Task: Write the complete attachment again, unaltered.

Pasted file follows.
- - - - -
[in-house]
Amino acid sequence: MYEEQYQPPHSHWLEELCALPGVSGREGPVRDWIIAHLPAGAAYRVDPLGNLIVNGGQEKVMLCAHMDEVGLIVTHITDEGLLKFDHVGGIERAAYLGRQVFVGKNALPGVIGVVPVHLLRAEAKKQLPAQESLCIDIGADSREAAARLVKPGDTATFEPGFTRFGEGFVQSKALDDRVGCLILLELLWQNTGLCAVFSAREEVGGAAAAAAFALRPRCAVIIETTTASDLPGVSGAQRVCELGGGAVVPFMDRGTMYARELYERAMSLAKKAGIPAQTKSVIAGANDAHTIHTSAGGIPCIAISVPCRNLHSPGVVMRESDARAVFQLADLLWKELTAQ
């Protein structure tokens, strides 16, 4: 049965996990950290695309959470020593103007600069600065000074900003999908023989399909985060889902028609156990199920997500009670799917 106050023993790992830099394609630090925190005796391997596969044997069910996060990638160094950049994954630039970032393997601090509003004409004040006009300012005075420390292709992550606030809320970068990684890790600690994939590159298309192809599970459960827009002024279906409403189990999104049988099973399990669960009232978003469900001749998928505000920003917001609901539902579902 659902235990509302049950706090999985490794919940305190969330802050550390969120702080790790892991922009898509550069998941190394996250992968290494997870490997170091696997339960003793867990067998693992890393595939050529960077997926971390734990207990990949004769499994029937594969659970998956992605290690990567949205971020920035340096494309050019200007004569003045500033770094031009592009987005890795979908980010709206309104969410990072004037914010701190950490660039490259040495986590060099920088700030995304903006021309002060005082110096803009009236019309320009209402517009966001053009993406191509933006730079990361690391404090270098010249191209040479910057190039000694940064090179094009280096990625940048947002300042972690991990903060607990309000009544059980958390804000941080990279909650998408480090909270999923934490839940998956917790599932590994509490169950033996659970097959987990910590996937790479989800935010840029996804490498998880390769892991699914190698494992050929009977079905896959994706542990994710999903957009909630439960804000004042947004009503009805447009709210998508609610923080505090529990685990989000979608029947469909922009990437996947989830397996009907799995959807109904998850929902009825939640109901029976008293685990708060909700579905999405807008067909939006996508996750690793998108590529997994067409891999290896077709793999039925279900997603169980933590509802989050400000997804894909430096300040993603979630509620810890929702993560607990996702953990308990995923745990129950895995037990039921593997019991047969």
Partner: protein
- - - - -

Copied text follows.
[in-house]
Amino acid sequence: MYEEQYQPPHSHWLEELCALPGVSGREGPVRDWIIAHLPAGAAYRVDPLGNLIVNGGQEKVMLCAHMDEVGLIVTHITDEGLLKFDHVGGIERAAYLGRQVFVGKNALPGVIGVVPVHLLRAEAKKQLPAQESLCIDIGADSREAAARLVKPGDTATFEPGFTRFGEGFVQSKALDDRVGCLILLELLWQNTGLCAVFSAREEVGGAAAAAAFALRPRCAVIIETTTASDLPGVSGAQRVCELGGGAVVPFMDRGTMYARELYERAMSLAKKAGIPAQTKSVIAGANDAHTIHTSAGGIPCIAISVPCRNLHSPGVVMRESDARAVFQLADLLWKELTAQ
């Protein structure tokens, strides 16, 4: 049965996990950290695309959470020593103007600069600065000074900003999908023989399909985060889902028609156990199920997500009670799917 106050023993790992830099394609630090925190005796391997596969044997069910996060990638160094950049994954630039970032393997601090509003004409004040006009300012005075420390292709992550606030809320970068990684890790600690994939590159298309192809599970459960827009002024279906409403189990999104049988099973399990669960009232978003469900001749998928505000920003917001609901539902579902 659902235990509302049950706090999985490794919940305190969330802050550390969120702080790790892991922009898509550069998941190394996250992968290494997870490997170091696997339960003793867990067998693992890393595939050529960077997926971390734990207990990949004769499994029937594969659970998956992605290690990567949205971020920035340096494309050019200007004569003045500033770094031009592009987005890795979908980010709206309104969410990072004037914010701190950490660039490259040495986590060099920088700030995304903006021309002060005082110096803009009236019309320009209402517009966001053009993406191509933006730079990361690391404090270098010249191209040479910057190039000694940064090179094009280096990625940048947002300042972690991990903060607990309000009544059980958390804000941080990279909650998408480090909270999923934490839940998956917790599932590994509490169950033996659970097959987990910590996937790479989800935010840029996804490498998880390769892991699914190698494992050929009977079905896959994706542990994710999903957009909630439960804000004042947004009503009805447009709210998508609610923080505090529990685990989000979608029947469909922009990437996947989830397996009907799995959807109904998850929902009825939640109901029976008293685990708060909700579905999405807008067909939006996508996750690793998108590529997994067409891999290896077709793999039925279900997603169980933590509802989050400000997804894909430096300040993603979630509620810890929702993560607990996702953990308990995923745990129950895995037990039921593997019991047969």
Partner: protein